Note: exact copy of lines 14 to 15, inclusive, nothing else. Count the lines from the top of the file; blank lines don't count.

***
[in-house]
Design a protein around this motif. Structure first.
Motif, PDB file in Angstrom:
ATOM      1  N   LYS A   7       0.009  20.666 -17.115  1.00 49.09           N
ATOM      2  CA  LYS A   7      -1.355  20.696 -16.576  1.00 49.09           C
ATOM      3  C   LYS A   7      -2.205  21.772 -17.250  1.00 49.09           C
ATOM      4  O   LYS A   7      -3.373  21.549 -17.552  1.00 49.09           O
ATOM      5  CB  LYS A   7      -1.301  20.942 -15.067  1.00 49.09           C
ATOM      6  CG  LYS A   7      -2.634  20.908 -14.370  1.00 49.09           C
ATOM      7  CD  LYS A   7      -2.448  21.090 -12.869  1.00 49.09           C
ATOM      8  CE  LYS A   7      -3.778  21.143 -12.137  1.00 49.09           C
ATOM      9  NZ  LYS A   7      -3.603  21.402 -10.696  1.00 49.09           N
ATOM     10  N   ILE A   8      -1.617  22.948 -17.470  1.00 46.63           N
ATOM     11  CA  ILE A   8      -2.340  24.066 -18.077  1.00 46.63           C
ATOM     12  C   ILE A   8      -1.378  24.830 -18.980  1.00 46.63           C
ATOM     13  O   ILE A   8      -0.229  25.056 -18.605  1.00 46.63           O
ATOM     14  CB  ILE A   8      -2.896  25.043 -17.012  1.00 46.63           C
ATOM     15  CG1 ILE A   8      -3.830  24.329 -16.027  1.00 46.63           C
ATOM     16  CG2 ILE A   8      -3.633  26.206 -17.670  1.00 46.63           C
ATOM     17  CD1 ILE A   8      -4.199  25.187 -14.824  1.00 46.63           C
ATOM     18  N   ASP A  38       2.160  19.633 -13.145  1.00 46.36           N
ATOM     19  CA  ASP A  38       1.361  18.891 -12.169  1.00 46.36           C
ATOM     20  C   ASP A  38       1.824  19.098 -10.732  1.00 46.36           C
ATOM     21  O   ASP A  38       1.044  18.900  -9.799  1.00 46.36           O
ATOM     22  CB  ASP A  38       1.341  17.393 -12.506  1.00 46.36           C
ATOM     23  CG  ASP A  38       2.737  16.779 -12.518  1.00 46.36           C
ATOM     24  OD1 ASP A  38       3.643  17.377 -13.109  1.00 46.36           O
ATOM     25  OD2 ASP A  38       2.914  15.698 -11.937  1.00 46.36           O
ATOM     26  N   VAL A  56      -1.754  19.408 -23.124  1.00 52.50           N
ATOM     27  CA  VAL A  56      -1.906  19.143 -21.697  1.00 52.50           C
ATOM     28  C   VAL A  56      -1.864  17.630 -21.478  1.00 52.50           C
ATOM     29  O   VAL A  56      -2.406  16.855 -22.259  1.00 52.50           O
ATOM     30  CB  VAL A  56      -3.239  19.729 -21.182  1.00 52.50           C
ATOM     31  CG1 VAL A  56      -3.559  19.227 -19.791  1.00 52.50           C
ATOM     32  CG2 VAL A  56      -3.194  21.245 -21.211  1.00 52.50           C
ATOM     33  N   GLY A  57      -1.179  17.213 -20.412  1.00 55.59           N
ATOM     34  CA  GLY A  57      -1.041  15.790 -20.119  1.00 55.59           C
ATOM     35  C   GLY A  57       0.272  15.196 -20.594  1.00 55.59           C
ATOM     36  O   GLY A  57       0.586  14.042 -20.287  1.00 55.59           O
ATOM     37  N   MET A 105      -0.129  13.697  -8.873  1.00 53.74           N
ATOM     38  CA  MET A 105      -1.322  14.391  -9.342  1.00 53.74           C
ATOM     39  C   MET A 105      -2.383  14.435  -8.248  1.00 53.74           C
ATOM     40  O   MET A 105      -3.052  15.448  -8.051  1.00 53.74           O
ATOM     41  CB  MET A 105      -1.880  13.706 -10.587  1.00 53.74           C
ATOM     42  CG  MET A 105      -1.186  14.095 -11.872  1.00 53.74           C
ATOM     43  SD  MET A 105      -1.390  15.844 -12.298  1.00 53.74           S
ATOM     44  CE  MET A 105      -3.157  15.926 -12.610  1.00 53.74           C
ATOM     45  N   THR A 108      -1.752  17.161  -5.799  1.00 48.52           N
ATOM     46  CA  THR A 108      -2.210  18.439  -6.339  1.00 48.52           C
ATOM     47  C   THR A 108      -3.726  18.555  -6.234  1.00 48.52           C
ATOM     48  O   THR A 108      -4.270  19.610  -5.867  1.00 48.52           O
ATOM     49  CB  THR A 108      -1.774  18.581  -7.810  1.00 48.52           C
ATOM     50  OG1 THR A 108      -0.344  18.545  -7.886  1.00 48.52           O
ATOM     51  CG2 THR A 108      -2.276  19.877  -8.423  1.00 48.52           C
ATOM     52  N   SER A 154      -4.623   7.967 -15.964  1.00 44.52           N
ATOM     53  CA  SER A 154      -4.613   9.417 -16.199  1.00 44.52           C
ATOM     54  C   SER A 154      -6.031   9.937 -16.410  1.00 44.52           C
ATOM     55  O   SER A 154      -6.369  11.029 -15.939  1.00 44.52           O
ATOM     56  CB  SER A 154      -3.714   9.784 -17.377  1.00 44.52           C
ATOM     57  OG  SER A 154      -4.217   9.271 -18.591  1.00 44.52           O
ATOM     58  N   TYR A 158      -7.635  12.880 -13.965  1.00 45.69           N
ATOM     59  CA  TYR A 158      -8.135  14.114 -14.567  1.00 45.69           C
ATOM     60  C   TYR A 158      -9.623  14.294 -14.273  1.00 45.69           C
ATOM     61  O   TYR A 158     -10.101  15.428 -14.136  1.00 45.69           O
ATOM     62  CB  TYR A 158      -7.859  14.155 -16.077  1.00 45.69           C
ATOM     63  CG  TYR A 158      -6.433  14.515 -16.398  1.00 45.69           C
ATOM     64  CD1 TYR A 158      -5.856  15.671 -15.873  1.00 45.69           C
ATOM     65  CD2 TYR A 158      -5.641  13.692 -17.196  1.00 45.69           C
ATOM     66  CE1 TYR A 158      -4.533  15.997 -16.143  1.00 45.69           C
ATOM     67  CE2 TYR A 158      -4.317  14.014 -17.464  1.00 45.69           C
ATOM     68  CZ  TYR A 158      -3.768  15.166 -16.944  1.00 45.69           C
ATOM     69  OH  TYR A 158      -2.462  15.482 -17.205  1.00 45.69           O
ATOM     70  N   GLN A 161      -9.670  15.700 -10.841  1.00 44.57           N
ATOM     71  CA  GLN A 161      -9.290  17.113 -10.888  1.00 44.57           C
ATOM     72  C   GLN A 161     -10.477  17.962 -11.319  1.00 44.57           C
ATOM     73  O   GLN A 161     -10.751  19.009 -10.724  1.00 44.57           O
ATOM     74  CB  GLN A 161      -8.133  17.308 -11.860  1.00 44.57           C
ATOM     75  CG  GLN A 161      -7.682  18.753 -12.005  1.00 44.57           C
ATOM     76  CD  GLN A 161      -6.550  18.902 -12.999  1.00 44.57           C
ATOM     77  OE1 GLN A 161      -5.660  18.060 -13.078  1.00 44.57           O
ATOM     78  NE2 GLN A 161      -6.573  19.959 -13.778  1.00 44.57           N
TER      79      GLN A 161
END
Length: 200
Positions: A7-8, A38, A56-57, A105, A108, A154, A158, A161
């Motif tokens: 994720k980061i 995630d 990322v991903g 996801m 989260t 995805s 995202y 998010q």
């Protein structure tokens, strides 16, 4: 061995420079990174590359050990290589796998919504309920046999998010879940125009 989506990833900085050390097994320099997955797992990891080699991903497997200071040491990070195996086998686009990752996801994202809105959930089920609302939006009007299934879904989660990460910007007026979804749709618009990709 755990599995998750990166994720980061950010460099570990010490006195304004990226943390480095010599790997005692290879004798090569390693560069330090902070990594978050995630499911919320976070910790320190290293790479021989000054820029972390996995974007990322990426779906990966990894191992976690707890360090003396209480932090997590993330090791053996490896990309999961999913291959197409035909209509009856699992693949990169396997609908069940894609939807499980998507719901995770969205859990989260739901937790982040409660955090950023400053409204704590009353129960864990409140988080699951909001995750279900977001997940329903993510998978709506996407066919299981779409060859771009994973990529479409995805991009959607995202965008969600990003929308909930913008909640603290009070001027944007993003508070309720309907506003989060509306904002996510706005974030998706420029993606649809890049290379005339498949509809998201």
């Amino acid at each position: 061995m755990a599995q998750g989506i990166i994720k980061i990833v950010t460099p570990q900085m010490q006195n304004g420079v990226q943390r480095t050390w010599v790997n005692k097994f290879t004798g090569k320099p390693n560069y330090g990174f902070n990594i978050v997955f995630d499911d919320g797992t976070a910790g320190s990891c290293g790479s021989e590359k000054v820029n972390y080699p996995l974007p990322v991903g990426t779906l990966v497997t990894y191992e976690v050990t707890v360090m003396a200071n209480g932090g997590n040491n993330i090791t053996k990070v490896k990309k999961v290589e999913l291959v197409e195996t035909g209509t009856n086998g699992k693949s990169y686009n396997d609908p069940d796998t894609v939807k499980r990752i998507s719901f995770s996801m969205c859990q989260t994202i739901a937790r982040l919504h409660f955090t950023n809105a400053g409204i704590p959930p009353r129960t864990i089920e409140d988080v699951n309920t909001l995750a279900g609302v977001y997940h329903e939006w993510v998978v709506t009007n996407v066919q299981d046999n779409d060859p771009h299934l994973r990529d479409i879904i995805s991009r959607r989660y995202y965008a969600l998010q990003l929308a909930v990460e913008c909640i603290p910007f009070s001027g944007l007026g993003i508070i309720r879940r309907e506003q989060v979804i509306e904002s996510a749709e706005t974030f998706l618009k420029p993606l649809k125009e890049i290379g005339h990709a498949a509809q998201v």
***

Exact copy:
ATOM     11  CA  ILE A   8      -2.340  24.066 -18.077  1.00 46.63           C
ATOM     12  C   ILE A   8      -1.378  24.830 -18.980  1.00 46.63           C